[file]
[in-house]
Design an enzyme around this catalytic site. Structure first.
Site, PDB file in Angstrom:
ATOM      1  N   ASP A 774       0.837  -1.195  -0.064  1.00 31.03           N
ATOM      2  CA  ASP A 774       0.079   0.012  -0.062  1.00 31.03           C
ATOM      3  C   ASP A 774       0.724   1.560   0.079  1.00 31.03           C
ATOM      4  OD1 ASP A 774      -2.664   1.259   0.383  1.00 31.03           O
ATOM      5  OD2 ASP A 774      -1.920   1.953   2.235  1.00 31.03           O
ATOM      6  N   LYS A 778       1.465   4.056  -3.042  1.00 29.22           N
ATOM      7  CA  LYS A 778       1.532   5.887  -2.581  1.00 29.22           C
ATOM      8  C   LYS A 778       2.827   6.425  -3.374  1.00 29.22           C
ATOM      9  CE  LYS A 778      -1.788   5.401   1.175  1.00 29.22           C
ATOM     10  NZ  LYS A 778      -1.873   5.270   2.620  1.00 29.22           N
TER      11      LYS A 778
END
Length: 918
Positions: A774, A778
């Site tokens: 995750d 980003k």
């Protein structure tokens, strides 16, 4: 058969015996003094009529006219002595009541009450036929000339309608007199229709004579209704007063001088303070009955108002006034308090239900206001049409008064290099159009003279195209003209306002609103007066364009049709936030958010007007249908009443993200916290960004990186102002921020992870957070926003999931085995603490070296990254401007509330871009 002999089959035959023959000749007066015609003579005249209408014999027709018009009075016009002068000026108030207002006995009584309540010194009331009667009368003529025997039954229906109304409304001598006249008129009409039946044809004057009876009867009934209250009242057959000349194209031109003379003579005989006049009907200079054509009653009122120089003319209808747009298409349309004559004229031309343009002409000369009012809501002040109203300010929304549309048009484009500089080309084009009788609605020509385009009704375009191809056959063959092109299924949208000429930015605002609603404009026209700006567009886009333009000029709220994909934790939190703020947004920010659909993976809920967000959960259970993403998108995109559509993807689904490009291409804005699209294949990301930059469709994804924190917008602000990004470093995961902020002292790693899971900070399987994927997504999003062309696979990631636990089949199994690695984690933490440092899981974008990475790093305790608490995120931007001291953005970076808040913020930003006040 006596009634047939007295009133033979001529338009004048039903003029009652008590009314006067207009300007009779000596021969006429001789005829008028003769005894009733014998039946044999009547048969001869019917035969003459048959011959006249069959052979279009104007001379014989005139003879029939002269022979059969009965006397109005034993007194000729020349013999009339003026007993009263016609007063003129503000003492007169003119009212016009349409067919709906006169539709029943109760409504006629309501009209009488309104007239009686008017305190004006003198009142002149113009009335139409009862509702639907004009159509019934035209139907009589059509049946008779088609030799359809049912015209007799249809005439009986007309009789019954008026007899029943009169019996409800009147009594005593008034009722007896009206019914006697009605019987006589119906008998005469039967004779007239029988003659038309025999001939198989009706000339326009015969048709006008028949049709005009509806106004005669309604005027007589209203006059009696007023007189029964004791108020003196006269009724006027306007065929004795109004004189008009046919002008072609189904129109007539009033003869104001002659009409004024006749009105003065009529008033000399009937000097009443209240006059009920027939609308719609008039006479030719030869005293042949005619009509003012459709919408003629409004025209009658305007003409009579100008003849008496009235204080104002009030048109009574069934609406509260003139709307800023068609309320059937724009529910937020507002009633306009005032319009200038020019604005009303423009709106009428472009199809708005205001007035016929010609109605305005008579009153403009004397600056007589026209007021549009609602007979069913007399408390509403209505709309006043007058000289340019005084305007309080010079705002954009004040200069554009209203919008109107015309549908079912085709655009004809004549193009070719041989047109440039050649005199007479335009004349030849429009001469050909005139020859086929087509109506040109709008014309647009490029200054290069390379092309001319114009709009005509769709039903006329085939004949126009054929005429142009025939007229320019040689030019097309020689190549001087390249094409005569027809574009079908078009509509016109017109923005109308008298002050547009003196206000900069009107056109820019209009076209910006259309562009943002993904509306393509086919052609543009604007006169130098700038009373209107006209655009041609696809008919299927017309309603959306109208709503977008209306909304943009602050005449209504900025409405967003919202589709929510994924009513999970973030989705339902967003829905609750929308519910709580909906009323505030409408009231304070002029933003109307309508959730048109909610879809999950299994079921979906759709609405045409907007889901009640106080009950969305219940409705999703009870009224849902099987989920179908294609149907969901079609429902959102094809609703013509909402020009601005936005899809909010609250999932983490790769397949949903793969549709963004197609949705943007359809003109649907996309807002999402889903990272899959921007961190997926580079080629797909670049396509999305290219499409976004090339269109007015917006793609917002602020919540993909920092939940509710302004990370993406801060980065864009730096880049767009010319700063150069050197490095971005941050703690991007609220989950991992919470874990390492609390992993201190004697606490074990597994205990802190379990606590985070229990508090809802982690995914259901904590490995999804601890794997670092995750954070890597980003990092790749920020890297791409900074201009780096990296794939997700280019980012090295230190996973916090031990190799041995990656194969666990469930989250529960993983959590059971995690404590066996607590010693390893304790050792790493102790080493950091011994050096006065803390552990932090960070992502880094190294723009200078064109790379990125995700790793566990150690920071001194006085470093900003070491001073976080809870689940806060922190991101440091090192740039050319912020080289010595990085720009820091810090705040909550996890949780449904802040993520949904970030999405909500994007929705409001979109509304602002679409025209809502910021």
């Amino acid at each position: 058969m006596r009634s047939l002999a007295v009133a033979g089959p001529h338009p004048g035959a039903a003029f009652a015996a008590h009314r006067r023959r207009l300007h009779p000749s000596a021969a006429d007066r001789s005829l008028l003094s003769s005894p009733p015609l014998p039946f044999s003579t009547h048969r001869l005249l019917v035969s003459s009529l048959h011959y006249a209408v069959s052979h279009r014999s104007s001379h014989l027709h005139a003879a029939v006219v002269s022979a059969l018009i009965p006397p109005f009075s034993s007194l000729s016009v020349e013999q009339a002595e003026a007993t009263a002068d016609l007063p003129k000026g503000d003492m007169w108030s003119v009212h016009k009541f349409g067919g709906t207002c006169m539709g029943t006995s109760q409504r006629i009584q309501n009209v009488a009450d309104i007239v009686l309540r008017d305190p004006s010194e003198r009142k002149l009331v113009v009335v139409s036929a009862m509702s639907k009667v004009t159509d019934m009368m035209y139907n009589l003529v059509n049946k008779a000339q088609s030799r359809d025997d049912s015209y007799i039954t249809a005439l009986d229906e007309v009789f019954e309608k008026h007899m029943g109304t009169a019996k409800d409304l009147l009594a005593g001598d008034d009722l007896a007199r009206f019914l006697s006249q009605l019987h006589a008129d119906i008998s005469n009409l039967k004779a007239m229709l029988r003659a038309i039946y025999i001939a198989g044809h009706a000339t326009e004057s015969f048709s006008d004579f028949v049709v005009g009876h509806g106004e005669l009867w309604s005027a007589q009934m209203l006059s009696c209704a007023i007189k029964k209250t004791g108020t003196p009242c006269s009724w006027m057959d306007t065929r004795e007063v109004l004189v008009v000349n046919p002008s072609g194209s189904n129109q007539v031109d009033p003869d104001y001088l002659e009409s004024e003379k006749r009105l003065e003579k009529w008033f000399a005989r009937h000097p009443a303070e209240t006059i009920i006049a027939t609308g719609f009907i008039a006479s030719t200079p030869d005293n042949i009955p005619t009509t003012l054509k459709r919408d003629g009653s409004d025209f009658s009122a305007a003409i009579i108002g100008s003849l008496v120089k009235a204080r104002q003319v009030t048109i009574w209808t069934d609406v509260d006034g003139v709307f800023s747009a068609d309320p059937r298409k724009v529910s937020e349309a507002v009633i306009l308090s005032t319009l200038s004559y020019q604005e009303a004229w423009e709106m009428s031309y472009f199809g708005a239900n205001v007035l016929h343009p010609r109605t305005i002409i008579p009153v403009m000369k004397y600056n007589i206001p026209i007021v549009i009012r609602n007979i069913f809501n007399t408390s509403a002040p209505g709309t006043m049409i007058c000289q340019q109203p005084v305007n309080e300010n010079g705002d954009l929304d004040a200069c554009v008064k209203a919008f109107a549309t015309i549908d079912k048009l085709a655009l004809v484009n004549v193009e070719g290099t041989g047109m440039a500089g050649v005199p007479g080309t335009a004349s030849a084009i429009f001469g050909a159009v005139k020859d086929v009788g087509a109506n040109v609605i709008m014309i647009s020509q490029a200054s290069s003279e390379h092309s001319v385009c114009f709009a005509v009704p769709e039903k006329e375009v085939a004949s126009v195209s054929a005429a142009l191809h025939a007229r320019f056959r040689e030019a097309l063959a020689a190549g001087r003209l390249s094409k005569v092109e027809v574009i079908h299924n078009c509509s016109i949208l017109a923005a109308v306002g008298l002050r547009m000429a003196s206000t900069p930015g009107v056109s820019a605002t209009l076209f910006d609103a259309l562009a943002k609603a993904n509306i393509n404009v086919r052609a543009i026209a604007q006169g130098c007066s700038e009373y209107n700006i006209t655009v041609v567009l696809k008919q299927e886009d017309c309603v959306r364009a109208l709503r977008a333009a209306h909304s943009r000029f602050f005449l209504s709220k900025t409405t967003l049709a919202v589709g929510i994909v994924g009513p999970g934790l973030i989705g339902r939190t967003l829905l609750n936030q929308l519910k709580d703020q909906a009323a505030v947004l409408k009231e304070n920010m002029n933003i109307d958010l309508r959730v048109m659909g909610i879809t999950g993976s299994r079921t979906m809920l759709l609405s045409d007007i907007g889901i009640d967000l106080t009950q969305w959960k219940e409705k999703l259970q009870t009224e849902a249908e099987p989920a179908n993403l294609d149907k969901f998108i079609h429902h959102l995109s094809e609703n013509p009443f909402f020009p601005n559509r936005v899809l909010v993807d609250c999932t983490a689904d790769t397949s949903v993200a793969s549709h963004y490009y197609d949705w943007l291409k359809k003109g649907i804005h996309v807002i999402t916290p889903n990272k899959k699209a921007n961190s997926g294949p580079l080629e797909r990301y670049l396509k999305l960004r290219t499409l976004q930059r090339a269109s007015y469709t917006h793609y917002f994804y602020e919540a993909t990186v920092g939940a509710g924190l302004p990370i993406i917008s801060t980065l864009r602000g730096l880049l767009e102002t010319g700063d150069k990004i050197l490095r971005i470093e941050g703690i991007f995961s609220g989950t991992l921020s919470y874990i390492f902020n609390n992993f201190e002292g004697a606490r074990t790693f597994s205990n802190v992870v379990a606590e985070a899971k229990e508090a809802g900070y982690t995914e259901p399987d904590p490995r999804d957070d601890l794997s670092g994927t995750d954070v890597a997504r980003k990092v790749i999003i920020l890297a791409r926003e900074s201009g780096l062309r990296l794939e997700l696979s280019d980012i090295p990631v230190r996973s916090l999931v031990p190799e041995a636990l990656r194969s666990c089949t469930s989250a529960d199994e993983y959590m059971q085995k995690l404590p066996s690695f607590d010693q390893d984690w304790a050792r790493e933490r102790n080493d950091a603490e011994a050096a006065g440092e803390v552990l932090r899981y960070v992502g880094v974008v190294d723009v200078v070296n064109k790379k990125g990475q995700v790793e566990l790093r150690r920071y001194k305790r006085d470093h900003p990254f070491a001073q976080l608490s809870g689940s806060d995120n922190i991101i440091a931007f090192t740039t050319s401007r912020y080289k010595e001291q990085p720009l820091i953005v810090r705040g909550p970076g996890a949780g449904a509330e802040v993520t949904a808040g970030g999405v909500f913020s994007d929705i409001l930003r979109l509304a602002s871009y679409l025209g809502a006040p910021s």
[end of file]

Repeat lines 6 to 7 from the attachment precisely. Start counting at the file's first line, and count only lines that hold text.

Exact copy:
ATOM      3  C   ASP A 774       0.724   1.560   0.079  1.00 31.03           C
ATOM      4  OD1 ASP A 774      -2.664   1.259   0.383  1.00 31.03           O